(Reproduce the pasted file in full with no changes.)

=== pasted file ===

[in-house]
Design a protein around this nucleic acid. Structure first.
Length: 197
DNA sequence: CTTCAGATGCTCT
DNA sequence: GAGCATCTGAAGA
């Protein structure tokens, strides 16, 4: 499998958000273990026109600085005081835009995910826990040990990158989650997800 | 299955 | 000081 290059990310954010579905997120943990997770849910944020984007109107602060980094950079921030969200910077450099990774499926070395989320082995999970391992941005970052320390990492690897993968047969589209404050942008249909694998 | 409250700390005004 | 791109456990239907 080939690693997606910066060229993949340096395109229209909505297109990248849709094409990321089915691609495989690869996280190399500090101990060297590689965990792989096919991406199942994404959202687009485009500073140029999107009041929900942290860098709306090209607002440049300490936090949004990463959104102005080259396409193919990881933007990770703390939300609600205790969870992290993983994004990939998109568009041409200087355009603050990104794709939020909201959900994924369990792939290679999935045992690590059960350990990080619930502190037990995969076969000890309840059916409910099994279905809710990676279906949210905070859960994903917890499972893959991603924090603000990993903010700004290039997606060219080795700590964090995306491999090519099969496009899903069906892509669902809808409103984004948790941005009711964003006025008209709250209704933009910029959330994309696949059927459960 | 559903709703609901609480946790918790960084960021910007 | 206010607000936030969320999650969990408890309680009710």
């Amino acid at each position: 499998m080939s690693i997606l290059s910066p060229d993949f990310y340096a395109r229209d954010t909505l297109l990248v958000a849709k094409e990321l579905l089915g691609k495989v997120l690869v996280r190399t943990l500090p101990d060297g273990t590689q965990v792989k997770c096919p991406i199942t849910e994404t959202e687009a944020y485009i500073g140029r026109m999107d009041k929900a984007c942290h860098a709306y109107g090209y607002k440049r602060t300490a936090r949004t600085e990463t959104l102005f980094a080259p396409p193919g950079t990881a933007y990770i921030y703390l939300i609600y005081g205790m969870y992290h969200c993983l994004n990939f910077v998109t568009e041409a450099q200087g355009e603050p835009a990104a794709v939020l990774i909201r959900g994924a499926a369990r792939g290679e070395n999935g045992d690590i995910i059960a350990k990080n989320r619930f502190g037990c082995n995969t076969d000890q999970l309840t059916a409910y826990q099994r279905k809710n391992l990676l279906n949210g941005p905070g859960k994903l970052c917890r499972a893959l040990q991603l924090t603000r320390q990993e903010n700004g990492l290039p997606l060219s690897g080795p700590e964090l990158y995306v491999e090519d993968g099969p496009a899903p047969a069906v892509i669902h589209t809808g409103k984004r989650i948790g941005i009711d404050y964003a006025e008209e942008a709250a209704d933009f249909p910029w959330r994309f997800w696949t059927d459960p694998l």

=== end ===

[in-house]
Design a protein around this nucleic acid. Structure first.
Length: 197
DNA sequence: CTTCAGATGCTCT
DNA sequence: GAGCATCTGAAGA
């Protein structure tokens, strides 16, 4: 499998958000273990026109600085005081835009995910826990040990990158989650997800 | 299955 | 000081 290059990310954010579905997120943990997770849910944020984007109107602060980094950079921030969200910077450099990774499926070395989320082995999970391992941005970052320390990492690897993968047969589209404050942008249909694998 | 409250700390005004 | 791109456990239907 080939690693997606910066060229993949340096395109229209909505297109990248849709094409990321089915691609495989690869996280190399500090101990060297590689965990792989096919991406199942994404959202687009485009500073140029999107009041929900942290860098709306090209607002440049300490936090949004990463959104102005080259396409193919990881933007990770703390939300609600205790969870992290993983994004990939998109568009041409200087355009603050990104794709939020909201959900994924369990792939290679999935045992690590059960350990990080619930502190037990995969076969000890309840059916409910099994279905809710990676279906949210905070859960994903917890499972893959991603924090603000990993903010700004290039997606060219080795700590964090995306491999090519099969496009899903069906892509669902809808409103984004948790941005009711964003006025008209709250209704933009910029959330994309696949059927459960 | 559903709703609901609480946790918790960084960021910007 | 206010607000936030969320999650969990408890309680009710």
């Amino acid at each position: 499998m080939s690693i997606l290059s910066p060229d993949f990310y340096a395109r229209d954010t909505l297109l990248v958000a849709k094409e990321l579905l089915g691609k495989v997120l690869v996280r190399t943990l500090p101990d060297g273990t590689q965990v792989k997770c096919p991406i199942t849910e994404t959202e687009a944020y485009i500073g140029r026109m999107d009041k929900a984007c942290h860098a709306y109107g090209y607002k440049r602060t300490a936090r949004t600085e990463t959104l102005f980094a080259p396409p193919g950079t990881a933007y990770i921030y703390l939300i609600y005081g205790m969870y992290h969200c993983l994004n990939f910077v998109t568009e041409a450099q200087g355009e603050p835009a990104a794709v939020l990774i909201r959900g994924a499926a369990r792939g290679e070395n999935g045992d690590i995910i059960a350990k990080n989320r619930f502190g037990c082995n995969t076969d000890q999970l309840t059916a409910y826990q099994r279905k809710n391992l990676l279906n949210g941005p905070g859960k994903l970052c917890r499972a893959l040990q991603l924090t603000r320390q990993e903010n700004g990492l290039p997606l060219s690897g080795p700590e964090l990158y995306v491999e090519d993968g099969p496009a899903p047969a069906v892509i669902h589209t809808g409103k984004r989650i948790g941005i009711d404050y964003a006025e008209e942008a709250a209704d933009f249909p910029w959330r994309f997800w696949t059927d459960p694998l």